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Thursday, May 31, 2018

Claude Debussy, Reflets, Piano Music, Eliane Rodrigues

After spending some time with the recording at hand, I realized it very much needed a review. And so, readers, I dutifully make my morning appearance fully prepared to embrace the music as I embrace the spring now long established outside my door (and inside, as moths etc., have made themselves at home in my inner sanctum, as is their wont). I see it will not actually be available until June 6th, but that is a mere week away as I write this.

And so I tell you of pianist Eliane Rodrigues's recording of some select Debussy solo piano music, Reflets (Navona NV 6164). I have lived with this music in multiple recordings over the years, some made famous in time, so why bother with a new one? I might have asked that question myself a few weeks ago, yet now that I have listened closely to Eliane Rodrigues have her way with this music, I realize that I might have missed a whole dimension of the music had I not heard these versions. Part of that is how a particular performance can after many listens become a base node of comparison but also in some ways stultify your conception of the music in its pliability. If nowhere else solo piano works can have enormous latitude. Especially in this aspect of Debussy, where rubato can give you so much possibility or, in some unfortunate examples, perhaps run off the rails in a sort of self-indulgence? Speed and variability of temporal momentum are key factors, as of course is the infinitude of touch possibilities and dynamics, of phrase shading. As to the negative side of such possibilities I do not have a particular performance in mind, I think only of a general situation where artistic freedom is at a maximum. To have freedom does not guarantee that an artist takes good advantage of such a thing.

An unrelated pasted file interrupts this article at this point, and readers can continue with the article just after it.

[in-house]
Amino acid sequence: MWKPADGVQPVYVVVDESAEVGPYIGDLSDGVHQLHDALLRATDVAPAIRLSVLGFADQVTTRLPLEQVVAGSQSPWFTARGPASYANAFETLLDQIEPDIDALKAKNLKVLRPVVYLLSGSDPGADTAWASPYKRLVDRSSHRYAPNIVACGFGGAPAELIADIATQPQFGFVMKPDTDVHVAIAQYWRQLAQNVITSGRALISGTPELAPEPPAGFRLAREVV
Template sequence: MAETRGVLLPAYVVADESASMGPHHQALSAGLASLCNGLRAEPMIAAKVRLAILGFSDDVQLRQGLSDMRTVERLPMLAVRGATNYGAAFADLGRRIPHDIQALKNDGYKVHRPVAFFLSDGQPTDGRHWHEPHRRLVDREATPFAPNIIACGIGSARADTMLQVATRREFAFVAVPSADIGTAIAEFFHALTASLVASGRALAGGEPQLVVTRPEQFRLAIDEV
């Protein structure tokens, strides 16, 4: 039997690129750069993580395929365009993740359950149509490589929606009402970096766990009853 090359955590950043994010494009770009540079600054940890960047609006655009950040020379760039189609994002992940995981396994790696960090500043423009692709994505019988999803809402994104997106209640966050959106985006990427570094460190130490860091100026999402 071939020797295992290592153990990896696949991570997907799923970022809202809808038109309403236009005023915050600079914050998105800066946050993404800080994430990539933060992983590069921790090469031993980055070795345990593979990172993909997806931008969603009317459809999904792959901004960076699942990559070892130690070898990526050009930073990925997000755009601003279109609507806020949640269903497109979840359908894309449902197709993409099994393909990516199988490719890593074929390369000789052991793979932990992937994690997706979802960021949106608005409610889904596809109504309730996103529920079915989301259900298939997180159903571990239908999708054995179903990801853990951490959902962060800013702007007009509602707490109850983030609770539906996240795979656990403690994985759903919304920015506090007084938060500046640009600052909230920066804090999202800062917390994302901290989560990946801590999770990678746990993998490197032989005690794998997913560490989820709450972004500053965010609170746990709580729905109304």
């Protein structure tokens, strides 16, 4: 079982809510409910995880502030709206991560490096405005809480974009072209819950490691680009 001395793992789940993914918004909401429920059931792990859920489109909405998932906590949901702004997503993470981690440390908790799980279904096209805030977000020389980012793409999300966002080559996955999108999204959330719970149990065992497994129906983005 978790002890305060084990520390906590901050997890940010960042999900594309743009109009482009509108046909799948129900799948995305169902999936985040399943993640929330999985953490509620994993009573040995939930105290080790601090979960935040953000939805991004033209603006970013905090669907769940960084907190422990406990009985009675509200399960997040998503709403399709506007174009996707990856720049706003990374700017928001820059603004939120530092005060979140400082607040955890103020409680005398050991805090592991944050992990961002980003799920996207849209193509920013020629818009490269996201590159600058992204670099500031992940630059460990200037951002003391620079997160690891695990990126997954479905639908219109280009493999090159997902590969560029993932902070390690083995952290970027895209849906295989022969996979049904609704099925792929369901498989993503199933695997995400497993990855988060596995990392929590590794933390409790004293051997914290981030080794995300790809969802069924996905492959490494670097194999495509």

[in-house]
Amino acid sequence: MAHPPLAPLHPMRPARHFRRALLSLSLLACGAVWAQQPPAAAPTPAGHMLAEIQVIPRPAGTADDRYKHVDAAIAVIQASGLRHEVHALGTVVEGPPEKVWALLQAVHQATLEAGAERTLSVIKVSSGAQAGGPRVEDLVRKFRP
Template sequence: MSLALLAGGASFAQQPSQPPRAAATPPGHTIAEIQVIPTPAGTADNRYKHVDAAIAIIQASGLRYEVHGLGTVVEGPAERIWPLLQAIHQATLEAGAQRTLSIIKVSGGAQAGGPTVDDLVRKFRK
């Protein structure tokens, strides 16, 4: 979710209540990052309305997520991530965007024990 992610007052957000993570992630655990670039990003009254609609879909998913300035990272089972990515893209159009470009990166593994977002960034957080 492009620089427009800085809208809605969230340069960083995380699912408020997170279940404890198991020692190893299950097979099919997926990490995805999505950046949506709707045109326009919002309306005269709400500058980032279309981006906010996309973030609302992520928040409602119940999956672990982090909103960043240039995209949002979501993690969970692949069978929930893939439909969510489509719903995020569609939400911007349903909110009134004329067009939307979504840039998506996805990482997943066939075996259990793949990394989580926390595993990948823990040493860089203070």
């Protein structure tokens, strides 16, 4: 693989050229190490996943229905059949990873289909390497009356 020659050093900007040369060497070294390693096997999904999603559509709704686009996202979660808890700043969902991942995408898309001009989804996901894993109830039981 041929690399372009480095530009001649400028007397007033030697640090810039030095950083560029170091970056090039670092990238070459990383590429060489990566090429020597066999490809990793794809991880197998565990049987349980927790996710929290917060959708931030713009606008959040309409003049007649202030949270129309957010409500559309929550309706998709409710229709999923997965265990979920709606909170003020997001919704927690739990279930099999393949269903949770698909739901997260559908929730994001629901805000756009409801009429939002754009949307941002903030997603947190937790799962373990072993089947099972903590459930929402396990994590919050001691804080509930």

So the good news is that Rodrigues takes great advantage of the freedom to give us fresh, sparkling, even brilliantly pianistic readings of some very wonderful Debussy. Like her recording of Chopin's Nocturnes (Review on these pages. Type Debussy or Rodrigues in the search index box above to find that one.), we hear the executive and imaginative abilities of Eliane put to excellent use.

She has her way with some lyrical gems--the "Suite Bergamasque," the "Ballade," "Pour le Piano," "Arabesque No. 1" and "Images, Book 1 and Book 2." After a few listens you come to appreciate the bright state-of-the-art recording and Eliane Rodrigues' special freshness. It gives the music new life, or it does for me anyway. I do not doubt it would do the same for you. It is the musical equivalent of comfort food to me, a meatloaf and mac and cheese inside a grand piano! Get it and feel good for a change!

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